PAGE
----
So if you live in a hot region without snow or it’s too early in the year to grow garlic, you can put the garlic in the fridge for 1–2 months to cool it artificially.
Using this method, you can plant garlic in spring or any other season and harvest them after 9 months!
Garlic fully matures after 9 months and can be harvested after half of its leaves have wilted. Young garlic, known as green garlic, can be harvested earlier. Harvest garlic by lifting bulbs from the ground with a spade and pulling them gently.
It takes around 8–9 months for garlic to fully mature.
The best time to harvest garlic is when 50% of the leaves at the top start to dry up and turn brown. Since the garlic has finished growing, it no longer requires the leaves to photosynthesize.
The garlic bulbs harvested at this stage are at their full size and should hopefully be large!
Nevertheless, garlic can be harvested early—commonly known as green garlic. It looks very similar to scallions and can even be cooked the same way.
To harvest garlic, simply grasp the stalks at the base of the plant and carefully lift it out of the soil with the use of a spade. As you know, garlic skin can be quite thin, so you want to avoid excessive damage.
Don’t hesitate to use the leaves for cooking. These chives are delicious!
Read more in our article on garlic chives vs chives.
Dried garlic can last between 6–12 months. Clean the garlic bulbs and sun-dry them for 24 hours before trimming the roots and stem, cutting the stem 2 inches above the garlic head. Store garlic in a dry and cool place at 32–38°F or keep in jars of honey.
Now that you’ve harvested your garlic, you might have way more than you might need. But that’s not a problem!
Dying or curing garlic is the best way to store and keep them for long periods. This is done by drawing as much moisture out of it as possible to help preserve it.
To store garlic, leave your freshly harvested garlic in the sun for at least a day, with all its leaves and stems still attached. This initial drying process helps ensure the garlic is as dry as possible before you start trimming it for more long-term storage.
Once a minimum of 24 hours have passed, carefully brush the dirt off the sun-dried garlic. Just be sure to leave the skin intact. The roots and neck of the garlic are ready to be trimmed at this point.
But you don’t want to expose the inner cloves to moisture. So be sure to cut the main stem of the garlic 1–2 inches above the bulb. Keep your dried garlic in a cool and dry place around 32–38°F.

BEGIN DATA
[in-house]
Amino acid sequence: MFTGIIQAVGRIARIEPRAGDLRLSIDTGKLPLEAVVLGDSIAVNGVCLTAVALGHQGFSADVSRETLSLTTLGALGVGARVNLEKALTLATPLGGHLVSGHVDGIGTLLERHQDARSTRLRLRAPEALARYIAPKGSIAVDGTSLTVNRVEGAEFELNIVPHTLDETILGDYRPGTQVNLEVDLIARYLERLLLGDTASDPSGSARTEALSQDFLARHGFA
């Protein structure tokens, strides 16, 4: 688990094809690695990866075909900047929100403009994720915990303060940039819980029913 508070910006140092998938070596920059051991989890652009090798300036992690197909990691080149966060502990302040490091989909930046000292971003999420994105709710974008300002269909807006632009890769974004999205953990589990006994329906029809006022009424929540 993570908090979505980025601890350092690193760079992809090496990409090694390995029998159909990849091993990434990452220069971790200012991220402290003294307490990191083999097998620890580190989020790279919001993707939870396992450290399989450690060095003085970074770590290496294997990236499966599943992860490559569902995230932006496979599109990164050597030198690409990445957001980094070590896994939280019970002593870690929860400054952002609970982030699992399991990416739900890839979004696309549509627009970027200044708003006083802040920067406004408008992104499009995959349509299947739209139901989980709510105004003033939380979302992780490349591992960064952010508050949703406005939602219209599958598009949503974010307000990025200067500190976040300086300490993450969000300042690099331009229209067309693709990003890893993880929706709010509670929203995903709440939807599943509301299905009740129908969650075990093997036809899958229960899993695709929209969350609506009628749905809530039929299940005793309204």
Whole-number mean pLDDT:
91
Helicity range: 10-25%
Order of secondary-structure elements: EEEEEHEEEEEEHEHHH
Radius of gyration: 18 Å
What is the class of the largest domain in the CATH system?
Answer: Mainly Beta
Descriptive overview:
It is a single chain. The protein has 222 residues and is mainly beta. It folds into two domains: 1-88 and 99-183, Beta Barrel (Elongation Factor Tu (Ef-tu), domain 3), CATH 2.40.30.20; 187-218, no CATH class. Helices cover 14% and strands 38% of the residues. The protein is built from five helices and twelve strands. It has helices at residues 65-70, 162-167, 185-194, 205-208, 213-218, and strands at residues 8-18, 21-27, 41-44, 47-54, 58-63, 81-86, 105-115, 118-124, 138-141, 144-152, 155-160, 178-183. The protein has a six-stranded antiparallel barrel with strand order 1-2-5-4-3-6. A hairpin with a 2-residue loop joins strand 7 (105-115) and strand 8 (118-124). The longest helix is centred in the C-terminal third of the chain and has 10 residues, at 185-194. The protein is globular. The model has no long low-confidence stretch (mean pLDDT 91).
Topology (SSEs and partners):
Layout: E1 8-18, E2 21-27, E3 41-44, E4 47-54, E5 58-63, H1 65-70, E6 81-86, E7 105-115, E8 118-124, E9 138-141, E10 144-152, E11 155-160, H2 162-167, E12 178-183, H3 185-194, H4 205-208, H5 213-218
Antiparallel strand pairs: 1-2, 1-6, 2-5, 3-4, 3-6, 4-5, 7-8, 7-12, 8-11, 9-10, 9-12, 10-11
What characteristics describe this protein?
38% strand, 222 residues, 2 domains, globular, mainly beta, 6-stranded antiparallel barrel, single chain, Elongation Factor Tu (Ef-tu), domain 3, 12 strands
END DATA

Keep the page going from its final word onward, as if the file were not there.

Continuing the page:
Softneck garlic lasts 3–8 months longer than hardneck garlic. A softneck garlic can last for 9–12 months. Hardneck garlic has a shorter shelf life of 4–6 months but it can tolerate frost better than softneck.
You might be confused what the difference is between a softneck garlic and a hardneck garlic.
[quote] Hardneck garlic is just a garlic bulb with a hard central stem in the middle of the cloves. Softneck garlic can be identified by their absence of a central stem.
You may also store a few garlic bulbs, both hardneck and softneck, in the fridge. But keep in mind that they will probably sprout after a month or two.
If you’d like to grow more garlic in the future, save the healthiest and largest bulbs from your harvest and plant them again for more garlic!
Garlic rarely faces any pests or problems. It’s even commonly used to repel certain pests.
Read more in our article on the 15 plants that repel squirrels.
What is the best month to plant garlic?
Garlic should be grown at least 4–6 weeks before winter and is best planted during fall months—around late September or mid-October. This allows the garlic to overwinter and produce new bulbs in the spring.
How do you care for garlic in the spring?
Fall-planted garlic should be covered with mulch to prevent weeds in the spring. Water regularly and side-dress with compost. Remove scapes or pinch off flowers to encourage further bulb growth.
Should garlic be planted with or without the skin?
Garlic can be placed in the soil with or without their skin. However, garlic cloves are typically left with their skin on when planted to protect the cloves and prevent them from rotting.
Plant garlic cloves in 5-gallon plastic containers filled with loose soil mixed with compost and nutrients. Garlic plants must be given 6 hours of full sun per day and 1 inch water per week. They must be grown at 32–50⁰ F in the winter to encourage new bulb growth. Apply fertilizer every month except during the winter.
Organic garlic is better suited for planting because store-bought garlic is commonly sprayed with growth inhibitors. However, the experiment shows that some store-bought garlic can still grow though they develop slowly and require consistent watering. Otherwise, they will likely die.
Garlic plants are ready for harvest when 50% of the leaves turn brown and can be lifted out of the soil with a fork or spade. To store garlic, sun-dry them and then remove the roots and cut off 1–2 inches of the main stem above the bulb. Store garlic in a dark and airy place like a kitchen pantry so garlic can last for 6–12 months.
- “Garlic” by n/a in North Carolina State University
- “Growing Garlic” by Minda Daughtry in North Carolina State University
- “Growing garlic in home gardens” by Marissa Schuh, Carl J. Rosen, and Cindy Tong in University of Minnesota
- “Growing Garlic in a Home Garden” by n/a in University of Maryland Extension